Evidence over the last 24 hours has once again demonstrated that I would make a very poor witness – unless my feet committed the crime (and they are generally pretty law abiding, so far as I know).
Yesterday evening I went to the theatre (again! What am I like?) in darkest W11 (and not the WW1 seaplane of that name). ‘Twas a bit of a challenge reaching London as, for the second of three attempted journeys to the capital by our hero in the last month, the overhead lines were down in the vicinity of Sawbridgeworth (I’m still unsure why that particular Hertfordshire town is so inimical to the survival of catenary power lines). Foolishly, after the departure of Hurricane Katia, I had failed to check that the power was still on – and so arrived at the station en vélo to discover a distinct dearth of trains. I cycled back home to discover, from the NXEA website, that trains were about to re-start, so pedalled back to the station again (this rail travel certainly keeps you fit!). A train did, indeed, arrive but the driver was very unsure how far south he would be able to go – and initially only promised Audley End. However, fortune favours the brave and we did in fact make it all the way – if a little slower than timetabled.
The play, “Wittenberg”, at the Gate Theatre was very good – and my second play of the summer to include Dr Faustus (though no-one has suggested that last night’s playwright had penned any of the works usually attributed to Shakespeare: possibly as he is still in his 40s). The Gate is slightly basic as a theatre – and so no ice cream (or anything else) on offer in the interval and whilst it is directly above a good pub, the pub was closed for refurbishment (a chap could start to think that it’s not his day!). A tarte au citron flavoured yoghurt from M&S made a somewhat acceptable substitute – and its 225 calories ensured that my blood-sugar levels did not fall dangerously low during the second half (or should that be act?).
NXEA did mange to return me home – through the badlands of Sawbridgeworth – with only a relatively mild delay so I could collect my bicycle and return home. I did notice that an area of the road outside the police station and another a little beyond my house were rather wet – though it didn’t seem to have rained elsewhere – but thought nothing of it and, after parking my trusty steed, went to bed (oddly, that mention of steed does make me realise that the bowler hat would make a rather fine choice of millinery for the stylish cyclist).
This morning I wandered about the house as usual, nipped into the garden to gather some herbs, and later passed through the garden again to un-park my bike ready to go into town. My errands completed, I returned home some hours later – and the mystery of the wet patches of road was explained to me by a neighbour.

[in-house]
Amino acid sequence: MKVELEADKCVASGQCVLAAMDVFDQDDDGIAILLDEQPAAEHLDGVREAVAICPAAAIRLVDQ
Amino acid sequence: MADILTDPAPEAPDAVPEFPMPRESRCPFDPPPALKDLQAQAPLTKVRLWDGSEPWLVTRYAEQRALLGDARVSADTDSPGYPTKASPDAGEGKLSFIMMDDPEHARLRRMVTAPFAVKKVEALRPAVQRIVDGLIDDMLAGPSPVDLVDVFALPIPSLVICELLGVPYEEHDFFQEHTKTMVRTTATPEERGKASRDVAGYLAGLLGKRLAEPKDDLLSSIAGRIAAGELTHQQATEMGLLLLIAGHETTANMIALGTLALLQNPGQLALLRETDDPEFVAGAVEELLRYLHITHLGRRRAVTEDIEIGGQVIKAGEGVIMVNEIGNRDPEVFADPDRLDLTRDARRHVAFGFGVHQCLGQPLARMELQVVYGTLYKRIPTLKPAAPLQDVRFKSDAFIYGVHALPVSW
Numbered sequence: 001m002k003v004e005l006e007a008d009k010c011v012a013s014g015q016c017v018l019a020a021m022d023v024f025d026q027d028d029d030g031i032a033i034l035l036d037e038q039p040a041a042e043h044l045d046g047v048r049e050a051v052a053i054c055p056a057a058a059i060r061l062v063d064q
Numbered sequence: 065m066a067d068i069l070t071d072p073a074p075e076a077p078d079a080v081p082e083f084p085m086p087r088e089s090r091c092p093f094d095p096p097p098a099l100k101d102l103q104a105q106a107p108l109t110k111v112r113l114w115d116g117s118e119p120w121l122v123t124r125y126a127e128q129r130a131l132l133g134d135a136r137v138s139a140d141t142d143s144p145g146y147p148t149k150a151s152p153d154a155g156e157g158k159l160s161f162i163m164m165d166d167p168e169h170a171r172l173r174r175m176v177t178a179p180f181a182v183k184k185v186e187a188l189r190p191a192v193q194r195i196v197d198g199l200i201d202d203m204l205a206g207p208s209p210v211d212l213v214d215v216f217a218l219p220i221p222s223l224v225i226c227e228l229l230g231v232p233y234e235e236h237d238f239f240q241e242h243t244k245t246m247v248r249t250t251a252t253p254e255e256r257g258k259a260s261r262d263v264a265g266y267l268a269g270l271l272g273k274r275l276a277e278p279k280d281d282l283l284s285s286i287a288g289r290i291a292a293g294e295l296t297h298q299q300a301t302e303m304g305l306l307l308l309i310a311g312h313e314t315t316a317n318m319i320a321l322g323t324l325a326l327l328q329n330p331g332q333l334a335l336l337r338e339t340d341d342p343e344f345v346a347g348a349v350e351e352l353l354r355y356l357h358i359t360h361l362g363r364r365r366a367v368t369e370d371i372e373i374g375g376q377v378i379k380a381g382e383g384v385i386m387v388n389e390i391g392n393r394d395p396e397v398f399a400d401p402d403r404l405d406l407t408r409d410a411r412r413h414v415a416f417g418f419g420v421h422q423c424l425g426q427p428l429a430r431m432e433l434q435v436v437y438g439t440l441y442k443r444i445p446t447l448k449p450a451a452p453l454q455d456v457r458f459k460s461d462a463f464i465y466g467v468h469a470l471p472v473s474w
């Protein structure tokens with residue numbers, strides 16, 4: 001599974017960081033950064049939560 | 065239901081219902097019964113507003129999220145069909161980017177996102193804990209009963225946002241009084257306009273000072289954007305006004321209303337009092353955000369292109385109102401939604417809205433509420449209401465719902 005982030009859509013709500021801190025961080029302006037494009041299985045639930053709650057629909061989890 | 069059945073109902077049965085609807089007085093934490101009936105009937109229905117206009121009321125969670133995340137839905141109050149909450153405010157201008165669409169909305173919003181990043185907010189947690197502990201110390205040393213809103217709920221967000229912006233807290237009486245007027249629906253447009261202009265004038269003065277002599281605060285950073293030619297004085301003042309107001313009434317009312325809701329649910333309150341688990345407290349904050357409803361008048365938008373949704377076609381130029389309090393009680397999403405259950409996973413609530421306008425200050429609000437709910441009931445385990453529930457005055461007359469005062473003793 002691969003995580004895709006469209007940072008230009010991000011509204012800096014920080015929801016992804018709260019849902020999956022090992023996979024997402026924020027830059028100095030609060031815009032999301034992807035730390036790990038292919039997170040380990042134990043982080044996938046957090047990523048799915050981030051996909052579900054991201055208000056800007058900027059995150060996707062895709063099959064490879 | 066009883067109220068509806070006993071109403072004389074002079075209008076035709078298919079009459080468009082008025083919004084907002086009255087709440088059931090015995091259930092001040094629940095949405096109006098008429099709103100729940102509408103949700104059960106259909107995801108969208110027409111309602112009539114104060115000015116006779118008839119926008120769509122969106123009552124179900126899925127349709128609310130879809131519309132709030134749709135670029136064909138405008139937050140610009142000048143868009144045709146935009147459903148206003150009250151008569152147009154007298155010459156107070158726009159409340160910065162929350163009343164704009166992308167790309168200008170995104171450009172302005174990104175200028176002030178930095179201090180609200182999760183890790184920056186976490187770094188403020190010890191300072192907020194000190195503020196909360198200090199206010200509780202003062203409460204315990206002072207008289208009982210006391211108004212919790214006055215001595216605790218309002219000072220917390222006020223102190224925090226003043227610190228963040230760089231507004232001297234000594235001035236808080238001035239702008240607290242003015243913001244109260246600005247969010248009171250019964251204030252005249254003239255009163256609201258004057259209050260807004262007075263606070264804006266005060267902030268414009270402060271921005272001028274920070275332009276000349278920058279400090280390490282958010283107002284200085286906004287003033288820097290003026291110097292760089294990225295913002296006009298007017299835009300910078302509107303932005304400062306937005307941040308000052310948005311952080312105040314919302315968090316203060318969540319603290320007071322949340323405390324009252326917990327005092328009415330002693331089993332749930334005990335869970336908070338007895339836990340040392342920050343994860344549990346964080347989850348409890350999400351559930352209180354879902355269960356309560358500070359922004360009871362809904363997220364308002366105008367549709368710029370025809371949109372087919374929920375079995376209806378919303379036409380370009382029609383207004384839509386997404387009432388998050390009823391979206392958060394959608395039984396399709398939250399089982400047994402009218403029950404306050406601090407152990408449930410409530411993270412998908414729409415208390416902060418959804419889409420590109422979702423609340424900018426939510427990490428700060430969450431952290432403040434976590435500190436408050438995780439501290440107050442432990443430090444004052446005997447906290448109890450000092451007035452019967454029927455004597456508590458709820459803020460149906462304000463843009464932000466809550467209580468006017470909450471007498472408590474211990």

Last night as I was travelling home, my neighbour noticed a dim orange glow in one of the gardens that lie behind the extensive parklands that gird Fish Towers. This was originally thought to be a garden lantern, but luckily she noticed that it had waxed somewhat brighter a little later in the evening. This led to the discovery that the glow came from a large fir tree that was burning with some vigour – and within a very few minutes had transformed into the arboreal equivalent of a towering inferno. You may think that I exaggerate, but the Fire Brigade (called in from Cambridge) could see it from several miles away as they raced towards Sawston in a bid to save the village from destruction (OK, maybe I am over-egging the risk to the village a tad). It could not be determined in which garden the tree resided, and so the fire brigade climbed over my neighbour’s back fence with their hoses – hence one area of wet road, and the police station is the nearest hydrant which explains the other. It would seem that I had missed the departing fire engine by only seconds as I regained my home. Still, the excitement did help to put train trouble, pub closure and lack of an ice-cream in perspective – with hind-sight (nothing to do with a deer, a female deer: apparently), I chose a jolly good evening to be away from home.
How I failed to notice the massive, charred and blackened skeleton of the tree on the many occasions I looked in its direction during the morning is somewhat of a mystery to me (I can just about be excused last night as it was dark). I have only recently visited an optician and my prescription is fully up-to-date – so I can only conclude that my powers of observation are virtually nil. As a result, I would strongly recommend that no-one ever tries to call me as an eye-witness or invite me to join their team in a competitive match of Kim’s Game (not yet, so far as I know, an Olympic sport – but surely it can only be a matter of time).
I do wonder if this was a message from on high – He does have form with burning vegetation as a method of communication. Just to be on the safe side, I am going to make a determined effort to pay slightly more attention to my surroundings in future – and will try to tear my eyes away from my feet (gorgeous though they may be), though this could lead to an increased trip hazard, every once in a while.
For any doubters, I shall try and obtain a photo of the conflagration and add it to this post…